Review: Melvins 30th Anniversary Tour at Summit Music Hall 7/15/13

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By Joe Kovack

Any emerging band looking for a blueprint on how to continuously create genre defying music while staying true their sound should look no further than the Melvins.

These lords of experimental rock and barons of sludge metal have been giving the world some of the most interestingly weird rock for 30 years, with no signs of slowing. Lead by master of eccentricity Buzz Osborne, or King Buzzo as he’s affectionately known, and Dale Crover, the hardest working drummer in rock n roll, the duo have a creative drive that is unrivaled. Putting out nearly an album a year, the Melvins’ lust for exploration and creation is insatiable.

Their 30th anniversary tour touched down at Summit Music Hall in downtown Denver Monday night with special guests Honky, from Austin, Texas. Honky is a superboogie rock outfit founded by long time Butthole Surfer bassist JD Pinkus, accompanied by Bobby Ed Landgraf on guitar. Lacking their drummer Michael ‘Night Train’ Bruegge, Crover filled in, showing his versatility and reaffirming his reputation as the hardest working drummer in the biz. Honky transformed the Summit into an extension of Texas with their  lo-fi, hi-sleaze rock – as they liked to call it. Pinkus and Landgraf looked like the rebel sons of ZZ Top with matching cowboy hats and long gray beards, sans the famous sunglasses. With a polished silver Flying V bass guitar, Pinkus delivered his hard hitting, southern rock to the delight of the crowd. Traces of Pantera, Fu Manchu and ZZ Top could be heard in their sound, and they showed the crowd that good things can and do come out of Texas.

The Melvins started their set the way they have for the last few years, with Tony Iommi’s famous coughing intro to “Sweet Leaf” by Black Sabbath, extending the coughing for nearly a full minute before the band emerged – in true Melvins style. Osborne and Crover may be nearly 50 years old but their shows still exude a presence of intensity and purpose. Clad in what looked like a futuristic black muumuu, and his gray hair still defying gravity and full of life, King Buzzo wasted no time and began with “Hag Me” off their 1993 album Houdini, a song written 20 years ago but one that exemplified the band’s signature heavy, sludgy metal.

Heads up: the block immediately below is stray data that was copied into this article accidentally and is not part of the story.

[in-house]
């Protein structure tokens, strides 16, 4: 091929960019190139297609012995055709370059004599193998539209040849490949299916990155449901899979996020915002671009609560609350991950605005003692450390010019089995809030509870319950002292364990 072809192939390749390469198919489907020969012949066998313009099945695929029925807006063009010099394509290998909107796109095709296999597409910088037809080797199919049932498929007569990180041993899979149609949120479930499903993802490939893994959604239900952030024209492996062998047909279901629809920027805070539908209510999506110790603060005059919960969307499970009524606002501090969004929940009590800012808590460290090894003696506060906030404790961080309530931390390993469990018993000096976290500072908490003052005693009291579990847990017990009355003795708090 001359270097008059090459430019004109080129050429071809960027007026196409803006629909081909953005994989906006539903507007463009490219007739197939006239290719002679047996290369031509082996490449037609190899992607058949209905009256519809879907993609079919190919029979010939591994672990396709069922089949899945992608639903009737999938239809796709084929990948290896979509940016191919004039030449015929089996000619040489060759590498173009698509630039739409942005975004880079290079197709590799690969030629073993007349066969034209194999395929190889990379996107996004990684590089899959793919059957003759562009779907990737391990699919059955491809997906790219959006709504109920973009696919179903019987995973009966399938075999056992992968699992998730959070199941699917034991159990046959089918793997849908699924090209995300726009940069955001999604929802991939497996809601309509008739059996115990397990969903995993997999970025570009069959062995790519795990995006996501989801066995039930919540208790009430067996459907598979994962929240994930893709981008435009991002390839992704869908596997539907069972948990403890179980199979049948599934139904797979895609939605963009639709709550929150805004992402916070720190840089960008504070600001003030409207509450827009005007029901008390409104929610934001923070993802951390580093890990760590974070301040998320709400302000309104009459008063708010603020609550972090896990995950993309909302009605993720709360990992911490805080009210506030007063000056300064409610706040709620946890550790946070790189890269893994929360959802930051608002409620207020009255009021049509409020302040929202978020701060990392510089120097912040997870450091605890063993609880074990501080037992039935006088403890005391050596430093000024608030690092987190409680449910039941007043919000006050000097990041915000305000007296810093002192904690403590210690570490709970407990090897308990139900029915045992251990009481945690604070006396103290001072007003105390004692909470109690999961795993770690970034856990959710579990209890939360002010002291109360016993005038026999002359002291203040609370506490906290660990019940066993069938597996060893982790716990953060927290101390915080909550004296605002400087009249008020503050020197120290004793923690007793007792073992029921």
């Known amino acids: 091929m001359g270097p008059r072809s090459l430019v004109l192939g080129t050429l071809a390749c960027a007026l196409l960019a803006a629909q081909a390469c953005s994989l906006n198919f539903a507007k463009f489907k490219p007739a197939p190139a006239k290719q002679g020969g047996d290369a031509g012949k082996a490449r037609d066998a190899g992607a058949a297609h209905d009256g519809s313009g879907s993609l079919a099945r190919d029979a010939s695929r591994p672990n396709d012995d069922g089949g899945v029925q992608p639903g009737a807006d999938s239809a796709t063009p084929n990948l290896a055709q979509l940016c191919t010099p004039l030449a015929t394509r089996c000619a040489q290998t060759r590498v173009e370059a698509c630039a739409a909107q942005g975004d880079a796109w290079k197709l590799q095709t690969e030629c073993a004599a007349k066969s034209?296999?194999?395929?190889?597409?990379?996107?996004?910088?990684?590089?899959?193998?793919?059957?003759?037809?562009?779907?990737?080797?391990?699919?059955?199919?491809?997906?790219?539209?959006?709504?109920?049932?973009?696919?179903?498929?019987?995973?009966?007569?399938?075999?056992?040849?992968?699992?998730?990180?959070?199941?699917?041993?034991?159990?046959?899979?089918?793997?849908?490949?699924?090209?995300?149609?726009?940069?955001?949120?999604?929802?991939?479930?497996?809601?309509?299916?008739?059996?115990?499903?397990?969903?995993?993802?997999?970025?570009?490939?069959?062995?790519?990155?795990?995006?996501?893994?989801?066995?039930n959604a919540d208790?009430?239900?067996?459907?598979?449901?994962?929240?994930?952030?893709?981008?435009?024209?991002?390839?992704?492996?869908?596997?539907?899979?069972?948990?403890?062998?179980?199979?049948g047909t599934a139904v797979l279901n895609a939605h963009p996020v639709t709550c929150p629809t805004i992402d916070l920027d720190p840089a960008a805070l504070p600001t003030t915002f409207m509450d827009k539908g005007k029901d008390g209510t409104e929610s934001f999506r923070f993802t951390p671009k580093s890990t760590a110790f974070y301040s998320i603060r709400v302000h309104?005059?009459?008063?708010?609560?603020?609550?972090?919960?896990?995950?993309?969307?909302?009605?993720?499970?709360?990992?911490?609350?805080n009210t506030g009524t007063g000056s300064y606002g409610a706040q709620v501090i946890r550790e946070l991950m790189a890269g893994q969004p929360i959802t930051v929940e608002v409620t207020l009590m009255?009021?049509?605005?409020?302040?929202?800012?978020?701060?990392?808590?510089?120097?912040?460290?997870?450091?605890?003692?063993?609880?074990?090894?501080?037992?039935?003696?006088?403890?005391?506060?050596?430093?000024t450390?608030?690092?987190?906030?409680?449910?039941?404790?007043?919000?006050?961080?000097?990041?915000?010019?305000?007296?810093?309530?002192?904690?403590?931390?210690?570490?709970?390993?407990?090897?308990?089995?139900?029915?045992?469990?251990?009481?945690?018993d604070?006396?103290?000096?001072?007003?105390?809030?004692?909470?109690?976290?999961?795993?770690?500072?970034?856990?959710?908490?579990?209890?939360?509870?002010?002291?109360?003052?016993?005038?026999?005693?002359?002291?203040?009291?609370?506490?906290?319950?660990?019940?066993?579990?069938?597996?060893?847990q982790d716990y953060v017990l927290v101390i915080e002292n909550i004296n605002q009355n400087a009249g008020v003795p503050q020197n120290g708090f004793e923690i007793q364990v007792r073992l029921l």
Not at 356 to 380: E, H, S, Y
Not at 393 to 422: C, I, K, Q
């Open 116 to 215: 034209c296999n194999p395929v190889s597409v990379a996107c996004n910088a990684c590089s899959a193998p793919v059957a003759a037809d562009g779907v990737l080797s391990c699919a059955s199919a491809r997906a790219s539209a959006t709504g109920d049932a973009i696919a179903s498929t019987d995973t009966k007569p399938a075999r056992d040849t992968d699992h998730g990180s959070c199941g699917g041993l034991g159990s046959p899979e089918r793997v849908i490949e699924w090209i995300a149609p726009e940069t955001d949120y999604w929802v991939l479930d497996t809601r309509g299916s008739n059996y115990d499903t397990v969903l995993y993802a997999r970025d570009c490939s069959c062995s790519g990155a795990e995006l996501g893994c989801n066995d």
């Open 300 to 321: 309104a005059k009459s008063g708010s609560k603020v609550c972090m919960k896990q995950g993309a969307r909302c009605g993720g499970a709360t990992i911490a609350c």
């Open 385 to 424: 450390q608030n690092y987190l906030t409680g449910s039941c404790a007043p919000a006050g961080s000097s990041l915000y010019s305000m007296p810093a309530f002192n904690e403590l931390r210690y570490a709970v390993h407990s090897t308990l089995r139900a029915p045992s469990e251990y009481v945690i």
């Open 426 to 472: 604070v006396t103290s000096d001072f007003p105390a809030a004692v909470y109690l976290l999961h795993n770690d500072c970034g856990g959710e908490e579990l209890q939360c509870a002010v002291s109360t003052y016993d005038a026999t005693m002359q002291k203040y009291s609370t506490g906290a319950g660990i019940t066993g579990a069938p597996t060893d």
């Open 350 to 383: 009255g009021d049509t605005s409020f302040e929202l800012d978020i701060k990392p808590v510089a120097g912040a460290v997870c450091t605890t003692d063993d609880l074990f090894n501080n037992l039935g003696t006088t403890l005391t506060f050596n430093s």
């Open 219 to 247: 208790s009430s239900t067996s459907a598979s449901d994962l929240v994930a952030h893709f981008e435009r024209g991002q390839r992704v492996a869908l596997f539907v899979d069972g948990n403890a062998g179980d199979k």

The Melvins have had only two consistent members in their entire 30 year tenure – the dynamic duo of weird – Osborne and Crover. In recent years, they have been joined by the members of Big Business, adding a consistent bass player and a second drummer to their ever evolving sound. This tour was no exception. Coady Willis accompanied Crover on drums, and with infused mirror-image drum kits, the two fed off each other and melded so well that the layered sound they created moved with the music and one would be hard-pressed to know it was two drummers at all. Pinkus of Honky filled in for Jared Warren on bass for reasons unbeknownst to this reviewer, but nonetheless executed his role with authority.

The set was a veritable cornucopia of the Melvins’ discography. Moving from the evilly jazzy “Let it All Be” to the droning sludge of “Hooch.” “The Water Glass” off 2010’s When the Bride Screamed Murder was the perfect song for crowd participation, as it reminded of a pep rally when the pep squad pumps up the fans for a big game. Crowd favorite “Lizzy” off Houdini,  enlivened the venue with its bi-polar sound; starting down tempo with King Buzzo’s soft vocals, jazzy guitar, then changing abruptly into heavily distorted guitar while the signature growly voice of  King Buzzo and dueling drums moved the crowd into a frenzy.

Osborne wasted no time on stage, never talking to the crowd, only stoically playing his signature silver Gibson guitar as a fan behind him waved his unruly gray hair in contorted rhythms with the music. While the Melvins never disappoint and always bring energy to their shows, the set was a little too reminiscent of recent years, excluding their “Evil Cocktail Jazz” tour last year in support of their album Freak Puke. If one was seeing the Melvins for the first time, this show would have been amazing, but as one who has seen them a handful of times in the past few years, it was just good. But the Melvins’ good, is still better than the best of most.

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